b. Artificial Insemination (AI) with fresh semen: In breeds other than the Thoroughbred, this method is the most common. AI allows one stallion to breed multiple mares with a single ejaculate, keeps the stallion (and his jewels) out of harm’s way, and enables mare owners to breed to a stallion located anywhere in the country.

Timing matters with AI. Over the course of a season, the stallion and his swimmers get tired. To keep from having a worn out shadow of a formerly studly horse by the end of the spring, stallion managers only collect semen on specific days of the week. Additionally, fresh semen, while packaged with special sperm “food” called semen extender, has a limited shelf life. Generally you’ve got about 48-72 hours for the sperm to meet the egg, take her for coffee, and get down to business.

c. AI with Frozen Semen: frozen semen has a longer shelf-life than fresh, BUT only while it is frozen. This also allows longer distance shipment of semen. However, since it can be a logistical pain in the nether-regions, AI with frozen semen is far less common than with fresh. Once semen is thawed, those sperm are not long for the world. The window between insemination and ovulation can be measured in minutes. Generally the mare needs to be bred within an hour of ovulation. That means that someone has to monitor that follicle around the clock for a good 12 to 24 hours. That’s a lot of ultrasounds, folks!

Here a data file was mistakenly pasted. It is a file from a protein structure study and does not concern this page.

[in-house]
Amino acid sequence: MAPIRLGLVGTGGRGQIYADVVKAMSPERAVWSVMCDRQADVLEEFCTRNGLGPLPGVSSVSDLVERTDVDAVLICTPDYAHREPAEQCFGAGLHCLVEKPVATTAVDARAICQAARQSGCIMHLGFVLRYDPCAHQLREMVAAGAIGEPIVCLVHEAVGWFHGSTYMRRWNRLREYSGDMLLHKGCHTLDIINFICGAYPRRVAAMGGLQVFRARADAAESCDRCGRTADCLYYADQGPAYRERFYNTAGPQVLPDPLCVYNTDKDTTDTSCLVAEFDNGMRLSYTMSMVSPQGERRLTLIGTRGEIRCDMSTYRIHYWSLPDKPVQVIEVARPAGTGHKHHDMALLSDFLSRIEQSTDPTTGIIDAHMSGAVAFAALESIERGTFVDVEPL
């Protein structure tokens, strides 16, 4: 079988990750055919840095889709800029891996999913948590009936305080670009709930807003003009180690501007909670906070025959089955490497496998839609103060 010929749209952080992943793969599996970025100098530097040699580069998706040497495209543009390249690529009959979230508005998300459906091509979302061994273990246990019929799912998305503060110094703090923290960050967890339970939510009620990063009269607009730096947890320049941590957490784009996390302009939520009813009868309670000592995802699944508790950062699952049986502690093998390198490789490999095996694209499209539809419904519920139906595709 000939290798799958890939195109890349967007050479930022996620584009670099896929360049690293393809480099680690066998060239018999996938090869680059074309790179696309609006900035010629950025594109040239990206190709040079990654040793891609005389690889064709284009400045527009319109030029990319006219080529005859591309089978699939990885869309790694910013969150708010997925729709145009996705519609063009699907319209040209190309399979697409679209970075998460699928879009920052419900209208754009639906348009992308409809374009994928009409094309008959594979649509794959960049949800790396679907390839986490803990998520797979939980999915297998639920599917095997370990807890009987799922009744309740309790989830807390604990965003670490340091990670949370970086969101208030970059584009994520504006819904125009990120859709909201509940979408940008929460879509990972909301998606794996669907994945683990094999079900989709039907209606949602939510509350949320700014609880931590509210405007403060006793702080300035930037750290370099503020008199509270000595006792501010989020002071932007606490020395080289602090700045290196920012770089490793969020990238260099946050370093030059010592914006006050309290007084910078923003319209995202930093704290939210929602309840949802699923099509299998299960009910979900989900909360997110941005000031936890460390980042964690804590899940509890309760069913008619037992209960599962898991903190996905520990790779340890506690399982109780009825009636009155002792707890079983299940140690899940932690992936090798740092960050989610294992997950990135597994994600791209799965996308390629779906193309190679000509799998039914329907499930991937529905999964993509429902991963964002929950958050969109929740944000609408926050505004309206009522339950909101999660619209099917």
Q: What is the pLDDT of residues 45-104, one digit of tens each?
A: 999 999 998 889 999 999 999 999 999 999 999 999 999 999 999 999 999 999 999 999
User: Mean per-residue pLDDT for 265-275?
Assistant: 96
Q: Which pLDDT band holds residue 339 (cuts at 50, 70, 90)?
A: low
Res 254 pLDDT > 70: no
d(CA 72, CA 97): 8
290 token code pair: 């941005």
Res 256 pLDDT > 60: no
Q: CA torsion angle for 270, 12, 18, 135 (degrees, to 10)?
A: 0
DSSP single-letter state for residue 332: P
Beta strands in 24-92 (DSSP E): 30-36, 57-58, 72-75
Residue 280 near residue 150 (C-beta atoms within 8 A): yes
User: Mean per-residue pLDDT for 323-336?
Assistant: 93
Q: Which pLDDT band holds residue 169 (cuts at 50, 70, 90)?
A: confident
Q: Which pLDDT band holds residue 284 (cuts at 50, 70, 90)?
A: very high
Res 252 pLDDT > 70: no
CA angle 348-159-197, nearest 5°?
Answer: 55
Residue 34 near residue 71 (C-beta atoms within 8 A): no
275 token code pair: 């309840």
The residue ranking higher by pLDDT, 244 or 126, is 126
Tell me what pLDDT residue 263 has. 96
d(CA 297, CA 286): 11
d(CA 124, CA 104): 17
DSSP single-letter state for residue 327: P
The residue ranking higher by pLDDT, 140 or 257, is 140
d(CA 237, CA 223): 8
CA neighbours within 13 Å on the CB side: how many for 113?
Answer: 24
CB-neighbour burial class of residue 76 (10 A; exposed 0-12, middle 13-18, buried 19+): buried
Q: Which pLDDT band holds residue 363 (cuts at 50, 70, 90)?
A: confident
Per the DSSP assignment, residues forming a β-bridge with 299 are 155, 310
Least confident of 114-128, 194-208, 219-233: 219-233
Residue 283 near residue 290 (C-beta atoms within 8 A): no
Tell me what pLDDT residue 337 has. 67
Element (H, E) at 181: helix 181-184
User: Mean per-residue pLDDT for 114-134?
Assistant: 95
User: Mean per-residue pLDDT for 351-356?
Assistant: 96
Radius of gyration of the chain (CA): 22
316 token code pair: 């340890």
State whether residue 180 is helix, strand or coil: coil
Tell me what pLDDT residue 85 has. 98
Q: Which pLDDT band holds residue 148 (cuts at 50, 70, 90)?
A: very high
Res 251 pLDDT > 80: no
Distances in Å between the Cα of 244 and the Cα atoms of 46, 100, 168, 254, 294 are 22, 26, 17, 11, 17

d. Embryo Transfer (ET): This is the most expensive and technically demanding route, by a long shot. Think of ET as the “expert drivers on a closed course; don’t try this at home” method of horse breeding. ET is generally used when a mare has fabulous genetics but isn’t suitable for carrying the foal, either because of age or some medical issue, or because she is performing at a high level. In this case, her eggs are collected, fertilized in vitro (meaning in a petri dish) and implanted into a recipient mare who then carries the foal to term.

5. Mare Care
With all of this focus on creating a foal, it’s easy to lose sight of the animal making the entire venture possible: the MARE. I have seen owners say “Eh, she’s just a broodmare,” and turn her out in a pasture after breeding with no thought to dental care, hoof care, vaccinations, handling, grooming, or nutrition. Don’t be that person.

Here’s the thing. Your broodmare is going to be growing an entire other horse in her uterus. She needs better nutrition, which also means better dental care. She will be bearing  more  weight on her feet; that means she needs regular hoof care. Assuming you’d like that foal to be born healthy and disease free, she needs an enhanced vaccination and parasite prevention program. And while grooming and handling may seem like frills, think of it this way: do you really want her first human contact in nearly a year to be when something large is trying to escape from her vagina?

That dental you’ve been putting off? Get it done before you breed her. Schedule routine hoof trimming appointments with your farrier. Talk to your vet about vaccines, parasite control, and feeding. Get your teenager away from the gaming console and have him brush the horse every so often.

That was a long post, and thanks for sticking around. Just remember, it’s all part of a much longer journey. Stick around for part 3, where we’ll take a look at the BIG DAY, and what lies beyond.